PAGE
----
[arin-ppml] On USG 'granting of rights' (was: ARIN-PPML 2015-2)
athompso at athompso.net
Wed Jun 3 23:06:11 EDT 2015
Also, the Canadian province of Quebec has civil law based on French civil law, not English like the rest of Canada. Considering that nearly half of all major Canadian corporations have their headquarters there... I don't have to draw that picture, I think. IIRC, there's no (e.g.) adverse possession concept, among other things. IANAL, can't explain all the differences.
On June 3, 2015 5:38:08 PM CDT, William Herrin <bill at herrin.us> wrote:
>On Wed, Jun 3, 2015 at 6:24 PM, Seth Johnson <seth.p.johnson at gmail.com>
>> If it's copyright, the judge won't do that. There's no such thing as
>> an "exclusive right to use" in copyright.
>IP addresses are definitely not copyrights. Or trademarks, patents or
>trade secrets. So far as I know, they're not any kind of
>*intellectual* property whose existence derives from statute and, in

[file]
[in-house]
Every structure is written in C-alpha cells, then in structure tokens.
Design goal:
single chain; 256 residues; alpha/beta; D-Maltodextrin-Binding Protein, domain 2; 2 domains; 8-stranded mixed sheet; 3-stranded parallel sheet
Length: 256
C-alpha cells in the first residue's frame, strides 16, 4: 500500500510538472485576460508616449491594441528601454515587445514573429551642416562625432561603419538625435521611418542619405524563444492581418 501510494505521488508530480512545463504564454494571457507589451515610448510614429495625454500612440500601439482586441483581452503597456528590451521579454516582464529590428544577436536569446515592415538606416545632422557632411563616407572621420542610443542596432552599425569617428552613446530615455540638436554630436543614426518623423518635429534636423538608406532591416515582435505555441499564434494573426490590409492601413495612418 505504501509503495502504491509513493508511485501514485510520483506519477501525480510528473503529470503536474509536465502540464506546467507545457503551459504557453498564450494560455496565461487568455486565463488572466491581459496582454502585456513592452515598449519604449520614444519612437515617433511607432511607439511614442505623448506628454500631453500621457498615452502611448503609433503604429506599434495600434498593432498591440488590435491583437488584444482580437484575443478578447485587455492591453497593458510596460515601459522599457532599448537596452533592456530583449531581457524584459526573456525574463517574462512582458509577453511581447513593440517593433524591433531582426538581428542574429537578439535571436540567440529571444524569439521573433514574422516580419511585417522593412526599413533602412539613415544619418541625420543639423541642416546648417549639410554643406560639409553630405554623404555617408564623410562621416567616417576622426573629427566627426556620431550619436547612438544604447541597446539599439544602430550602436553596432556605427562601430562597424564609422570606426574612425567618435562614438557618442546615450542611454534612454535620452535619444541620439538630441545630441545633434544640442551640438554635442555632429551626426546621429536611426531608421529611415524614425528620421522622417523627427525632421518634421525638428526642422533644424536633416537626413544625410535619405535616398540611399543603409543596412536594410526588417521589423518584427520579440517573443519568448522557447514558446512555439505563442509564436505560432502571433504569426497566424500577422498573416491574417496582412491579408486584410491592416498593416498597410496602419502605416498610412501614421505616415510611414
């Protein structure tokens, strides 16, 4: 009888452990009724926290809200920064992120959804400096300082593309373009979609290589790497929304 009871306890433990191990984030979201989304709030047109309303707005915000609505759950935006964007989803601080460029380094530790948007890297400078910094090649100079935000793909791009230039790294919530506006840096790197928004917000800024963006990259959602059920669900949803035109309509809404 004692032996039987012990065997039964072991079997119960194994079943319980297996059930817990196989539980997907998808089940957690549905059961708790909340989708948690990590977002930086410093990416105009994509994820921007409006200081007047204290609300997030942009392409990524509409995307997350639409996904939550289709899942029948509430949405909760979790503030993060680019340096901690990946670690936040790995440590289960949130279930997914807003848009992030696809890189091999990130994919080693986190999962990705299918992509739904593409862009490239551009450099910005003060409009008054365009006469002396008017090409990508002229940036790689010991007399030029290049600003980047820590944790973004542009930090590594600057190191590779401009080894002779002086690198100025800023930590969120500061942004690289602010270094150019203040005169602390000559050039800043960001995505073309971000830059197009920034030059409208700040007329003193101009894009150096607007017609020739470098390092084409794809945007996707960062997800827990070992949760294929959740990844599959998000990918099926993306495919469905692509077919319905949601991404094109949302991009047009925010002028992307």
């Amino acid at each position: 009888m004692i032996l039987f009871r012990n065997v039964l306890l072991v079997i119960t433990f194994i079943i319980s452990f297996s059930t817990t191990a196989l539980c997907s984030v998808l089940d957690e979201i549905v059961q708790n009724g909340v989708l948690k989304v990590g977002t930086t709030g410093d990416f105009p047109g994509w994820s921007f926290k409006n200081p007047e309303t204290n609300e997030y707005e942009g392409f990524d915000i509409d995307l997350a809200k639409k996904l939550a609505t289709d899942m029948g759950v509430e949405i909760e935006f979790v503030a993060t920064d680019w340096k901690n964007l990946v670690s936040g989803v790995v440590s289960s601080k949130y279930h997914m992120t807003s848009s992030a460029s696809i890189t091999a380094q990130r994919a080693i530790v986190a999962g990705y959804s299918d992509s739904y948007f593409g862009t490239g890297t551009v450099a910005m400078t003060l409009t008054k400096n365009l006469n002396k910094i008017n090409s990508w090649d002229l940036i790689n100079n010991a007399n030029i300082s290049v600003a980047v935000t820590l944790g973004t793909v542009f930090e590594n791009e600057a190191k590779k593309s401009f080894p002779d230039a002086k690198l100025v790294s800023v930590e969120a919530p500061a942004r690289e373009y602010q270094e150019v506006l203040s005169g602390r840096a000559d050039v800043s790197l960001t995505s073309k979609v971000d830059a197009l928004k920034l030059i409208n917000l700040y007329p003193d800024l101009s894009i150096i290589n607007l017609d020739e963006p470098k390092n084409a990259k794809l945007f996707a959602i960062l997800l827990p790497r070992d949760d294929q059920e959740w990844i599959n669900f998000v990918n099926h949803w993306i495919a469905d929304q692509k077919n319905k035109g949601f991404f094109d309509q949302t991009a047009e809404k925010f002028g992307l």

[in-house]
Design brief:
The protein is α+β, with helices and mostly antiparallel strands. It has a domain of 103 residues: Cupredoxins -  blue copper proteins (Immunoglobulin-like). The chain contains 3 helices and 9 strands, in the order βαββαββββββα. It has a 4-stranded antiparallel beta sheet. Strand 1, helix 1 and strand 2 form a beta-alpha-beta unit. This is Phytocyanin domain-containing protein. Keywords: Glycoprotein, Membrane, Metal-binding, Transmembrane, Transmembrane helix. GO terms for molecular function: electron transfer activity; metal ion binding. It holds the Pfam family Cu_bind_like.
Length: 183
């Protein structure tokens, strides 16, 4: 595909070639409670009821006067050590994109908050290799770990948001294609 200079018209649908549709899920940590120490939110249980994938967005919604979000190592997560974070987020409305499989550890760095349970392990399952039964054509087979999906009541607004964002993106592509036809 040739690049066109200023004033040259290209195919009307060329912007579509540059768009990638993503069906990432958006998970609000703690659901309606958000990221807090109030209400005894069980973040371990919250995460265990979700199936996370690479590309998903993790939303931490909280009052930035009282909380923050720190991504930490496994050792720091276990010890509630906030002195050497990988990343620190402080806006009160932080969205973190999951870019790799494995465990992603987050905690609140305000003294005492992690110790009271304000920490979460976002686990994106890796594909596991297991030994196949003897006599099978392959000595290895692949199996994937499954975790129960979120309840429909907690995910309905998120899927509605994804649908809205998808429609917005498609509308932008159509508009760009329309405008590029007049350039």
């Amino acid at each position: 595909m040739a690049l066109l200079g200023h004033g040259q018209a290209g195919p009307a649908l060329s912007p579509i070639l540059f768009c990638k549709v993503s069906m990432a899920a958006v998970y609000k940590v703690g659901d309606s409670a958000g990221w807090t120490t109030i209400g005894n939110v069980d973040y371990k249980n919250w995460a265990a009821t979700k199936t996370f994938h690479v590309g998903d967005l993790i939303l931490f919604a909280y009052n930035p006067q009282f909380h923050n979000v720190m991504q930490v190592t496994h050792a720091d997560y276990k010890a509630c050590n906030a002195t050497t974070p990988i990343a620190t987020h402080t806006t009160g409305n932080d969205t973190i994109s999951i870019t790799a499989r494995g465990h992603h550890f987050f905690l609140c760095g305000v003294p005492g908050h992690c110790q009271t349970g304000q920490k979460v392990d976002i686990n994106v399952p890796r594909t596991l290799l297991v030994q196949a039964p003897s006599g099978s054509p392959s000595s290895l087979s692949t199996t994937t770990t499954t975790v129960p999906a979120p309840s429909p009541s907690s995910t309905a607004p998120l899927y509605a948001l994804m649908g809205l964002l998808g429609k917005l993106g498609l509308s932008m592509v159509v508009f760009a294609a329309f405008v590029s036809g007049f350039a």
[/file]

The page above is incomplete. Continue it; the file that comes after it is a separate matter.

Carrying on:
>the U.S., from the Constitution itself.
>I suspect they're Common Law *Intangible* Property which is something
>else entirely. At least they are in common law jurisdictions which
>includes all of the U.S. and Canada and if I'm not mistaken everywhere
>else in the ARIN region as well.
>Much of Europe operates on Roman Civil Law rather than English Common
>Law. The legal foundations over there are so different I couldn't
>begin to speculate how IP addresses fit.
>William Herrin ................ herrin at dirtside.com bill at herrin.us
>Owner, Dirtside Systems ......... Web: <http://www.dirtside.com/>
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Sent from my Android device with K-9 Mail. Please excuse my brevity.
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